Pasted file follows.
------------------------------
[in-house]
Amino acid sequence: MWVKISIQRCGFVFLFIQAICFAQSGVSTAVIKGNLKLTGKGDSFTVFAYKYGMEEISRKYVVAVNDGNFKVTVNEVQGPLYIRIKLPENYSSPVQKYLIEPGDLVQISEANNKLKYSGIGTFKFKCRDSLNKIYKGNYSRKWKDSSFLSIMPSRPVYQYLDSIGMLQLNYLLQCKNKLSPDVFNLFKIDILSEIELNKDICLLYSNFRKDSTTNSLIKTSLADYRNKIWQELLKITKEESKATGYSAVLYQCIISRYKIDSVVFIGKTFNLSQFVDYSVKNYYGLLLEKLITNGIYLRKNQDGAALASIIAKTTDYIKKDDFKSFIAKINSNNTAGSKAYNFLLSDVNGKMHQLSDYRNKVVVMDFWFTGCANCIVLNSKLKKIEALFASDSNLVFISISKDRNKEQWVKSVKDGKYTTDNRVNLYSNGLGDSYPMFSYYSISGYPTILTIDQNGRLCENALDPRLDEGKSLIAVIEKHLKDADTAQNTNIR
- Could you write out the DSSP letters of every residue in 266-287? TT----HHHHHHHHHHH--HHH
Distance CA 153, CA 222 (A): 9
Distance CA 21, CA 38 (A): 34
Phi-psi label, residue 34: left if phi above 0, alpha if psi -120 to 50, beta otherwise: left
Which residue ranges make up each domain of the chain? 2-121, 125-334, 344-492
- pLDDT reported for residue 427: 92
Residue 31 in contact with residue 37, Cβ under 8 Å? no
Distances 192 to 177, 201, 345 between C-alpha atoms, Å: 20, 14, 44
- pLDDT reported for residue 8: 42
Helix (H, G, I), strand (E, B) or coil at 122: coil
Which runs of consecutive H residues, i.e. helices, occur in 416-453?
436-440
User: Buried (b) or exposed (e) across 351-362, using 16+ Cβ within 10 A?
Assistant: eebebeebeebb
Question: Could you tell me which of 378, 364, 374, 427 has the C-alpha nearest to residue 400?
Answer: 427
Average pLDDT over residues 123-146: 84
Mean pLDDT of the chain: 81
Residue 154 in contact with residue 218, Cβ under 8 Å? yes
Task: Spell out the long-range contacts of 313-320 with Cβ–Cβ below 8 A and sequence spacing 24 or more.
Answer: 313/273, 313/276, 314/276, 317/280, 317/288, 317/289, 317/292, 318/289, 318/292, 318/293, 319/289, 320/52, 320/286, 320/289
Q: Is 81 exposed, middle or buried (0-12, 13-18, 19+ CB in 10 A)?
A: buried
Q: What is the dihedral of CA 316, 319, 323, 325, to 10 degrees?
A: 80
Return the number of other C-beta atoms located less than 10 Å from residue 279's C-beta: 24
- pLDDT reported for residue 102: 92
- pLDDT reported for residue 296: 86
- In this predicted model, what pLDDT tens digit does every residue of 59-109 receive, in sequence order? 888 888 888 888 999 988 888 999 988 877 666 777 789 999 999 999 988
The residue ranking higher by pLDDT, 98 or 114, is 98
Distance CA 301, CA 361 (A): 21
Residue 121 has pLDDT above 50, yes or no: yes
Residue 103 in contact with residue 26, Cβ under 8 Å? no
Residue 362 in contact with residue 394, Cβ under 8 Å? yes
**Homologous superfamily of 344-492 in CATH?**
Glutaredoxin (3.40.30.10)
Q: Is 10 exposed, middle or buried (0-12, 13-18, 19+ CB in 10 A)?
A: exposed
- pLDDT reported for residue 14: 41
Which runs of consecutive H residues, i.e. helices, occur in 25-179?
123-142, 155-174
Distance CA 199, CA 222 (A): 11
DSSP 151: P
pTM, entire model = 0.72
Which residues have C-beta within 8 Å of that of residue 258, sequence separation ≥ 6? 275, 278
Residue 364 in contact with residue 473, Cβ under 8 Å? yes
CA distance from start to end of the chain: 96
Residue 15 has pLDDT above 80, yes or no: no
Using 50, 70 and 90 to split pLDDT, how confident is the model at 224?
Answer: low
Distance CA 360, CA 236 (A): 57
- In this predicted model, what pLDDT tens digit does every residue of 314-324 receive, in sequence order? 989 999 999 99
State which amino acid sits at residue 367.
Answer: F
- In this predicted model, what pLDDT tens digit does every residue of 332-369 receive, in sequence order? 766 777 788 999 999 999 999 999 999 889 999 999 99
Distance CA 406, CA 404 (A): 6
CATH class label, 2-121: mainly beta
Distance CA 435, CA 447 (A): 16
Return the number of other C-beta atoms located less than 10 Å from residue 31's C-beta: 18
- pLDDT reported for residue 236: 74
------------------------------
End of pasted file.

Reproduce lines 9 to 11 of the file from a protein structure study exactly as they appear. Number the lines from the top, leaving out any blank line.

Residue 31 in contact with residue 37, Cβ under 8 Å? no
Distances 192 to 177, 201, 345 between C-alpha atoms, Å: 20, 14, 44
- pLDDT reported for residue 8: 42